I have a disability

Ava Dawson (’24) writes about her personal experience with disability and the impacts on identity. “I now know disability is not a weakness because living with one takes incredible strength.”

Up until a couple of years ago, I never viewed myself as being disabled; although my condition had its implications and hindrances on my life, I never thought of it in that light. I was diagnosed with Type 1 diabetes at 9 years old and have had to learn how to cope with and grow with the disease. To begin, a quick explanation: Type 1 diabetes is commonly diagnosed during juvenile years (hence why it was previously known as juvenile diabetes). It develops when the beta cells of an individual–for unknown reasons–begin attacking one’s pancreas, an organ that produces a hormone called insulin. Without this insulin, the amount of sugar in one’s blood is not properly regulated; If left untreated, it leads to death. Before the discovery of insulin in the 1920s, Type 1 diabetes was a terminal disease. 

I rely on insulin to keep me alive each and every day, something I hadn’t really thought twice about until a couple of years ago. I came across an article by a young woman named Lauren Salko, a professional skier and Type 1 diabetic. This is what changed my perspective. 

According to the Americans with Disabilities Act, a disability is, “A person who has a physical or mental impairment that substantially limits one or more major life activities or a person who has a history or record of such an impairment.” Every day I rely on an extrinsic insulin source–an insulin pump–to convert the glucose I consume into usable energy because my pancreas no longer functions as it should. In 2008, the ADA Amendments Act included Type 1 diabetes as a disability–it protects Type 1 diabetics in public schools or other publicly sanctioned places which provide them with a 504 or other needed accommodations.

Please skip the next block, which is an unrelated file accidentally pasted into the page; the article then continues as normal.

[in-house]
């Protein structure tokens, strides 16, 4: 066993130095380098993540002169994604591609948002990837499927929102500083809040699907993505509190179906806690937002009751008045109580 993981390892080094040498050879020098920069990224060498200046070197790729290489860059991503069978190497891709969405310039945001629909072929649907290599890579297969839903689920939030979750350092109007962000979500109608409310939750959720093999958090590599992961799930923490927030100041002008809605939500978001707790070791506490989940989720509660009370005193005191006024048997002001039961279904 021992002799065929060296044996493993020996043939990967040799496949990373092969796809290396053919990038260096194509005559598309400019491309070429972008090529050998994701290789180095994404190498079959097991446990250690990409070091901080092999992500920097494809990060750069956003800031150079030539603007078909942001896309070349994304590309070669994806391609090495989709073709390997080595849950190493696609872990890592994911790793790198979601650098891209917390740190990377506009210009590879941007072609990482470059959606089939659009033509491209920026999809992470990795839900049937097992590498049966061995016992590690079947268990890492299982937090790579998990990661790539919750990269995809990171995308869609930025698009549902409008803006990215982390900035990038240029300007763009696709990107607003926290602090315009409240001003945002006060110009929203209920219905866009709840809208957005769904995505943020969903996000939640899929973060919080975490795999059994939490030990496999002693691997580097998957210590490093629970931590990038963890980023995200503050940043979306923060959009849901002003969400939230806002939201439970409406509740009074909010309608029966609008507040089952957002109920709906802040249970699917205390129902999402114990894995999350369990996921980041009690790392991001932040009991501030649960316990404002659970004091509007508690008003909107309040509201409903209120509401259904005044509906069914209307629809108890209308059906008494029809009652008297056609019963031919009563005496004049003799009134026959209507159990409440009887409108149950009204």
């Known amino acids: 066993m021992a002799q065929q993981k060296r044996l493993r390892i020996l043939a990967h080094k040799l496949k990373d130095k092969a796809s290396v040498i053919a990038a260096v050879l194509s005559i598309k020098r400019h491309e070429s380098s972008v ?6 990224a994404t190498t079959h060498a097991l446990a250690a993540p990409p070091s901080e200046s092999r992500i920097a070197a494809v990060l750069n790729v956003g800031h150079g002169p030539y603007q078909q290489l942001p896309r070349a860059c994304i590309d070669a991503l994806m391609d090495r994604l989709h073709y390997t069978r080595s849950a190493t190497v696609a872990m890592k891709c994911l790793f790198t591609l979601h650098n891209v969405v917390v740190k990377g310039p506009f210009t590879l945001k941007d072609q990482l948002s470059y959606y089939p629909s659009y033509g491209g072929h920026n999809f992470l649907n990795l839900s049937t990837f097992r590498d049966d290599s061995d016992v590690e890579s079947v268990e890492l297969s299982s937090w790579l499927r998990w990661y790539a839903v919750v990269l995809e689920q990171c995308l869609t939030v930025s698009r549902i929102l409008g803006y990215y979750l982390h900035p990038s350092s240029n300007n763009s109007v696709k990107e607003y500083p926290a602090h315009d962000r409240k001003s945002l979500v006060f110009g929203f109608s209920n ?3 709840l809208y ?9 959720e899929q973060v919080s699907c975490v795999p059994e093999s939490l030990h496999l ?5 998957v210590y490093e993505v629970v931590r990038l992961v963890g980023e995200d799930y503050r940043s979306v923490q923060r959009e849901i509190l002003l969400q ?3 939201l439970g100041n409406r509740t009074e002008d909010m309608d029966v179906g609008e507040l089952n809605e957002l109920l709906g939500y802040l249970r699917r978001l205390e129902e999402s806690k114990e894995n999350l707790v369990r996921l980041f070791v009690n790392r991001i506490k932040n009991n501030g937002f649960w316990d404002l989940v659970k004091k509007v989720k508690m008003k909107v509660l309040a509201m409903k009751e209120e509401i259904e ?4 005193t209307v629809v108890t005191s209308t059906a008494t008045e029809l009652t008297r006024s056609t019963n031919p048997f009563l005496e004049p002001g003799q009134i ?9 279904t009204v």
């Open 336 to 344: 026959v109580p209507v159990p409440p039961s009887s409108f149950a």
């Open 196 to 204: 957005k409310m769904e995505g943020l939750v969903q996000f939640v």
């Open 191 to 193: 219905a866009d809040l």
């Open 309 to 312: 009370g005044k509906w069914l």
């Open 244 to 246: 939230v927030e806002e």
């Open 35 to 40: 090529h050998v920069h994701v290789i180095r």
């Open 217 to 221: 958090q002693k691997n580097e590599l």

While on paper the definition is clear, society views disability by a single, unmalleable standard. I’ve had some say to me they hope I don’t view my condition as a disability: it wasn’t until afterwards that I saw the flaw with this statement. I don’t “view” my condition as being a disability, it is a disability. That’s just the reality of it. 

People mean one of two things when they say this: that my condition is not a “real” disability, or that while they acknowledge I have a disability, their hope is that it doesn’t limit my goals or aspirations. Many able-bodied people think disability must contain a physical aspect that is obvious, such as a wheelchair or an amputated limb. This couldn’t be further from the truth, disabilities are diverse; my condition, though not obvious, impacts my life constantly. It’s with me every time I eat, and often when I haven’t– keeping my blood sugar in range is an incessant task. I must constantly contend with my condition. However, it doesn’t limit my goals or aspirations in any way. For the most part, disabled people choose to overcome their condition in order to live how they want to live. 

I myself was shocked and somewhat confused to find that I logistically had a disability. I didn’t fit the stereotypes. I don’t need a handicapped parking spot, or to use an elevator to be mobile around my school. Notably, I don’t let Type 1 limit me. Too often, people see disability as analogous with hopelessness and despair when, really, one of the best things is seeing yourself overcome the challenges. For me, that means being able to go on a 5 mile hike in the Smoky Mountains without getting a low blood sugar, biking 15 miles on a hot summer’s day–chugging apple juice to keep myself conscious, or going out to dinner with friends and guessing the carb count, knowing that I can fix it later. 

I too fell into the trap of stereotypical thinking about disabilities, and it made it harder to recognize my own condition as a disability. I now know disability is not a weakness because living with one takes incredible strength. 

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